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XL Bully ban: practical ways to support team vet

12 Dec 2023 | Rosie Allister


With the XL Bully ban coming into force from 31 December in England and Wales, Rosie Allister, Vetlife Helpline Manager, explores how vet teams can support their colleagues when navigating the ethical and psychological challenges that may arise.

XL Bully ban: practical ways to support team vet Image

XL Bully ban: guidance for vets

Stay up to date with the latest resources, webinars and developments on the XL Bully ban with this practical guide for our members in England and Wales. We'll continue to update this resource as new details are released.

The government has announced that a ban on XL Bully type dogs will come into force in England and Wales on 31 December 2023. DEFRA, BVA, and RCVS have published guidance for veterinary professionals. Amidst this, veterinary teams may be facing ethical and psychological challenges from the ban, and supporting clients and communities affected in different ways.

The impact on vet teams

Legislation like this does not affect everyone in the same way, and that’s important in planning support. Some teams are working with vulnerable clients who may struggle to meet exemption criteria and face losing pets, losing access to housing, or other difficulties. Teams may be supporting clients or communities impacted by dog attacks with strong feelings about the ban. Others will be working with shelters where dogs cannot be rehomed, and be required to be involved in euthanasia of healthy animals. Some teams may see clients presenting for the euthanasia of healthy pets, or have workload impacts from neutering requirements, as well as other impacts.

Moral injury

We know that there can be psychological distress for professionals when circumstances we are faced with at work, and our actions (or lack of them), violate our moral or ethical codes. This psychological distress is known as moral injury. Moral injury can contribute to negative feelings about yourself or others, and may contribute to developing mental health problems.

Context matters for the impact of this legislation too. We know many veterinary teams are struggling with staffing and workload, alongside other recent changes. When resources are already stretched or overwhelmed it can be harder to navigate difficulties.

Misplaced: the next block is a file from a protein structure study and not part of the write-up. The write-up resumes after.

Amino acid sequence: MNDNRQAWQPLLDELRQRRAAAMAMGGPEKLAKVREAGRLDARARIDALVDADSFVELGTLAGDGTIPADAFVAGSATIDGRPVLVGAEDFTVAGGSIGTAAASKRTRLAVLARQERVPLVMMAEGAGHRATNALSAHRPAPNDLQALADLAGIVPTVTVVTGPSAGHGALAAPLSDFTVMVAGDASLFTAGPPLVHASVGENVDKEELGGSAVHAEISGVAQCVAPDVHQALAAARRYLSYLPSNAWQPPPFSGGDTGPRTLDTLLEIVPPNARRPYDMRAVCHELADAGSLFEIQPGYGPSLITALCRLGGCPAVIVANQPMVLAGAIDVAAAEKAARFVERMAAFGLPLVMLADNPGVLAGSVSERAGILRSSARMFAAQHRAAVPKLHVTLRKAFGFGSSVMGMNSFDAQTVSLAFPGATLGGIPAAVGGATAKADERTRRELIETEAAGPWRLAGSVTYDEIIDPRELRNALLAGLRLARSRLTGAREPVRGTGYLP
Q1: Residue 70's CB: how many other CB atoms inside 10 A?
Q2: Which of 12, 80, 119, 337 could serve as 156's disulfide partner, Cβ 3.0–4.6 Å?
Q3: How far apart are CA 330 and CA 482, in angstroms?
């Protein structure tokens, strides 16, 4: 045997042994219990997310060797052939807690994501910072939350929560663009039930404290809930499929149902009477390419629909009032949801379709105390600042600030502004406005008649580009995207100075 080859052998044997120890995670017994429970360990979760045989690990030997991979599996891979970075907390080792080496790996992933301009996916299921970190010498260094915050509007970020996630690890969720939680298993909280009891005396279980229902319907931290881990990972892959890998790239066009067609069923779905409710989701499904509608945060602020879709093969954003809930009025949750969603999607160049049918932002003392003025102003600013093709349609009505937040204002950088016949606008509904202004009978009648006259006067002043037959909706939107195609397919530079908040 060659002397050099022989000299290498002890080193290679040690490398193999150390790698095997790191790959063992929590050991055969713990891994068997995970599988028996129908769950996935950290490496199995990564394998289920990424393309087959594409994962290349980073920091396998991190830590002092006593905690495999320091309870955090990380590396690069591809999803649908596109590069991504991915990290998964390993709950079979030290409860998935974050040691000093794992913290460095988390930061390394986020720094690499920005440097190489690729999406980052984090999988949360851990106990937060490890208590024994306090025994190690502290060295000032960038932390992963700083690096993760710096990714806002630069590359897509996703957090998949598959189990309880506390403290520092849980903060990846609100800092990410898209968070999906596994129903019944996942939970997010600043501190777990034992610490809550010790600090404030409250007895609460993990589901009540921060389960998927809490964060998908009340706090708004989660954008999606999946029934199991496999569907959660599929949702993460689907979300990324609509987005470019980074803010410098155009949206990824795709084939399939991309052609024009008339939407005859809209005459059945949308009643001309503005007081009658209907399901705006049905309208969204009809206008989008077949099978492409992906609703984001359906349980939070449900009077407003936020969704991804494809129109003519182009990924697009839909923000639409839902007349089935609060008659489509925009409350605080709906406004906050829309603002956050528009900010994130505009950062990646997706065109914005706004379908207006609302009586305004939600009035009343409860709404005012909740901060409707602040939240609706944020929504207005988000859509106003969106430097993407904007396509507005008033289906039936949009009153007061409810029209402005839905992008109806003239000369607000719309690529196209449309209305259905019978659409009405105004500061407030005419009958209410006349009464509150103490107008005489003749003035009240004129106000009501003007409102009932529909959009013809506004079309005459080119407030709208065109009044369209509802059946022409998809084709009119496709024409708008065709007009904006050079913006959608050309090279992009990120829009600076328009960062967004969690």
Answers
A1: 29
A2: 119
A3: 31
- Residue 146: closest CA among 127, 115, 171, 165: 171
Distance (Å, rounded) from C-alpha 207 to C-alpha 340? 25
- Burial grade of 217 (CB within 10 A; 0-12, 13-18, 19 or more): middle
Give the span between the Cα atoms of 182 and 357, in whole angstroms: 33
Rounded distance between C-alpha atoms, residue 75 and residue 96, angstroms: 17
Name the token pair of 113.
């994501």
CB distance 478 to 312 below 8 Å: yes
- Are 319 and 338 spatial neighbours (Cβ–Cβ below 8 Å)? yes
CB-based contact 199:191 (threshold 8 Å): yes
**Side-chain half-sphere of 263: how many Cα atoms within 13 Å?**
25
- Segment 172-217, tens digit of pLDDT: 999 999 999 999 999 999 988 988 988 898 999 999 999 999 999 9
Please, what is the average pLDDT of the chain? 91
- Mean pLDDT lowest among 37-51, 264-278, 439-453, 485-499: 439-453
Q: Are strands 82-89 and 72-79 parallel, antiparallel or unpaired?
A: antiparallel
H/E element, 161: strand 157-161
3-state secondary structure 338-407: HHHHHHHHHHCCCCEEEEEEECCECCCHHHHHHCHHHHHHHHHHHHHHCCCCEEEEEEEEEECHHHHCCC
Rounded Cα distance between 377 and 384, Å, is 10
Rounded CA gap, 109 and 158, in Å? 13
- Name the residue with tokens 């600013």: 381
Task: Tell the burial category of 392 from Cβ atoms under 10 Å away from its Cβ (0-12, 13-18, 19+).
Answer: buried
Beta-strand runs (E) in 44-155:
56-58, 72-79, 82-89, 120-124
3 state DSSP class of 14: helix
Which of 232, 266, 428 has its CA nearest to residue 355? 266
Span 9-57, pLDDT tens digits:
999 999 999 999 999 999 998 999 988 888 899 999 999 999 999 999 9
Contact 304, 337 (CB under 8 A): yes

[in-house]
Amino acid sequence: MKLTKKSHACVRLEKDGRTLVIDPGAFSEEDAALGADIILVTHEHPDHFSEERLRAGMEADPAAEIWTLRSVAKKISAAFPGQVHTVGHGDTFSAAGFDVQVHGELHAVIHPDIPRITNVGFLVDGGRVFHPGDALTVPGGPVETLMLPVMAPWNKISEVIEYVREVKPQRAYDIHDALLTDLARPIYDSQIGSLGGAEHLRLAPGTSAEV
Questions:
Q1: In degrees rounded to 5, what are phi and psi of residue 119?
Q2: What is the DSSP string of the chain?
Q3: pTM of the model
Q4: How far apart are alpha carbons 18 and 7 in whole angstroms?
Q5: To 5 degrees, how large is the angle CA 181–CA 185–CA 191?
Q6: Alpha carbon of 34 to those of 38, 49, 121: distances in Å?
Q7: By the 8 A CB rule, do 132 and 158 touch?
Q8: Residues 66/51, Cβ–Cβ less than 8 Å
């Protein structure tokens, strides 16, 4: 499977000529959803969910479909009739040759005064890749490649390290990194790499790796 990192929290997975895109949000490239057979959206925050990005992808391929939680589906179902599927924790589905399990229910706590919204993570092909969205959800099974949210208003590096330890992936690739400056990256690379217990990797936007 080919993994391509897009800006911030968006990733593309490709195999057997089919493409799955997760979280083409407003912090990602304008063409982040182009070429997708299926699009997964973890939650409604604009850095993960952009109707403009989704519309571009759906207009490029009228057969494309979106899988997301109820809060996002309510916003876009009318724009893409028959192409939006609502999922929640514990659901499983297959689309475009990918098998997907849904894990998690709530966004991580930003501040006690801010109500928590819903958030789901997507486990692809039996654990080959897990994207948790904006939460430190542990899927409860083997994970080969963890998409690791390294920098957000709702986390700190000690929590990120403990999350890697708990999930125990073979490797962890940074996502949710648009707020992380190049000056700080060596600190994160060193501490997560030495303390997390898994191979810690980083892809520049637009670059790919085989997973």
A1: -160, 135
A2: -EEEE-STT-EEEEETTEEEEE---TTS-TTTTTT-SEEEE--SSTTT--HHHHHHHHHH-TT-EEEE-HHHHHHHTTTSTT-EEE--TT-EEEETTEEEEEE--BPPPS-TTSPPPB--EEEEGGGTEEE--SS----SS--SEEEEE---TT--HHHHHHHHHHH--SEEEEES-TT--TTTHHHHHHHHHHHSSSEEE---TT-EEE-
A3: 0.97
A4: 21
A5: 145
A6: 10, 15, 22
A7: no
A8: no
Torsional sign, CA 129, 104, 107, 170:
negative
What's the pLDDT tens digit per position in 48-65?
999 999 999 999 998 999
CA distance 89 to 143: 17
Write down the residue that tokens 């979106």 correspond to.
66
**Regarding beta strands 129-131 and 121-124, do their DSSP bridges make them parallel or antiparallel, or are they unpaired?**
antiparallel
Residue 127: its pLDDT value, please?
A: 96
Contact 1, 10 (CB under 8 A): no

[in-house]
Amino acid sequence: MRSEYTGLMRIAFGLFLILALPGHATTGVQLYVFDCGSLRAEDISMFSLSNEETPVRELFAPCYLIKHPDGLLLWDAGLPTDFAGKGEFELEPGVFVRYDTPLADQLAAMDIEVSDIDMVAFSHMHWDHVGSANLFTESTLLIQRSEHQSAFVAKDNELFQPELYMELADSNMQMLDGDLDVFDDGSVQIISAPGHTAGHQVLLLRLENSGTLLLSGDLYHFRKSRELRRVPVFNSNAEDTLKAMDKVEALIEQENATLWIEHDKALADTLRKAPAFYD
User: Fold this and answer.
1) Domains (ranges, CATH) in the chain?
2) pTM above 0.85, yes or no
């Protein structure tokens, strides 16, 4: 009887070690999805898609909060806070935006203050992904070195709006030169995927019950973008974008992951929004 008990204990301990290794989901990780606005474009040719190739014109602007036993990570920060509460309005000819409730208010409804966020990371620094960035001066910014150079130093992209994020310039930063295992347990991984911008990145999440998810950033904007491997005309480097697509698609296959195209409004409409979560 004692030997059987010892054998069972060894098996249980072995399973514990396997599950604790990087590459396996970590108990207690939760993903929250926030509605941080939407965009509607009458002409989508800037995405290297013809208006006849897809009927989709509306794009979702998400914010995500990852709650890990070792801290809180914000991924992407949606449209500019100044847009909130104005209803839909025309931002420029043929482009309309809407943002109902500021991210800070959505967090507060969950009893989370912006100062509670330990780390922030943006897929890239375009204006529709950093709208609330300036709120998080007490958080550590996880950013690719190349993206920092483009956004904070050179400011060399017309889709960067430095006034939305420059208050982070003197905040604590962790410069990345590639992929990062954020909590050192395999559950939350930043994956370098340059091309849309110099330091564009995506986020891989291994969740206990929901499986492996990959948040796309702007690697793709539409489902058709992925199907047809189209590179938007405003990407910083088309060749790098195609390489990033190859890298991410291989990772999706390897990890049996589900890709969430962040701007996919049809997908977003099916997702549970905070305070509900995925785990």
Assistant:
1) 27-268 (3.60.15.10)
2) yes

Impact on individuals

Individual factors are important in how people may be affected too. Sometimes, in trying to support colleagues people assume that we all share the same ethics around euthanasia, and may try to tell colleagues of personally held views in an attempt to support. But in support, it’s important first to understand the perspective of the colleague who is distressed. There are a range of ethical views within our professions, and personal and other factors that may be involved. Imposing ethical frameworks at a time of distress may not be experienced as supportive.

Active listening and containment for distress are needed. Offering a space where someone’s experience can be expressed and met with open mindedness and without judgement, then perspective taking and empathy. Reflective practice, structured case discussions considering ethics, and clinical supervision can have an important role, and are already used in veterinary settings.

So, what are the practical ways we can support colleagues?

For teams affected by the ban, prioritising mental health at work is vital. Core aspects of this – workload, breaks, adequate resourcing, consideration around lone working, night working and sleep, being acknowledged and thanked, and time to talk with colleagues are all important.

Clear communication with staff is key. There’s evidence from healthcare that staff exposed to situations in work that may be traumatic may benefit from being made aware of the work they may be asked to do in their role and of the psychological challenges. This needs care from leaders not to under-state or over-state potential for trauma. Regular team briefings and post-shift reviews with team leaders can offer a space for check ins and support. Where someone is affected, one to one support is needed.

Psychologically aware and compassionate leadership is vital. Offering training for leaders in active listening and how people may be affected can help leaders feel prepared to listen and support and know what to do if they are concerned for staff.

Team activities that promote trust and strengthen bonds can facilitate peer support - both formal (trained peer supporters and schemes) and informal (supportive conversations between colleagues). Allowing (and prioritising) time for this and creating spaces where this can happen is an important part of workplace support.

Compulsory deployment to ethically challenging work is associated with poorer mental health outcomes for staff in healthcare. Allowing people to self-assess (in an ongoing way) whether they are able to do certain work may have a role, along with consideration of whether/to what extent opts-outs are possible. Remember, not everyone will be affected in the same way all the time.

In other challenging situations our profession has faced, some people affected have not felt able to use formal mental health support. It’s vital that we work on breaking down obstacles to accessing formal support (and ensuring it is available), so that those who do need it can access it.


To speak to someone in confidence, Vetlife Helpline is available 24 hours a day on 0303 040 2551 or email via [email protected]



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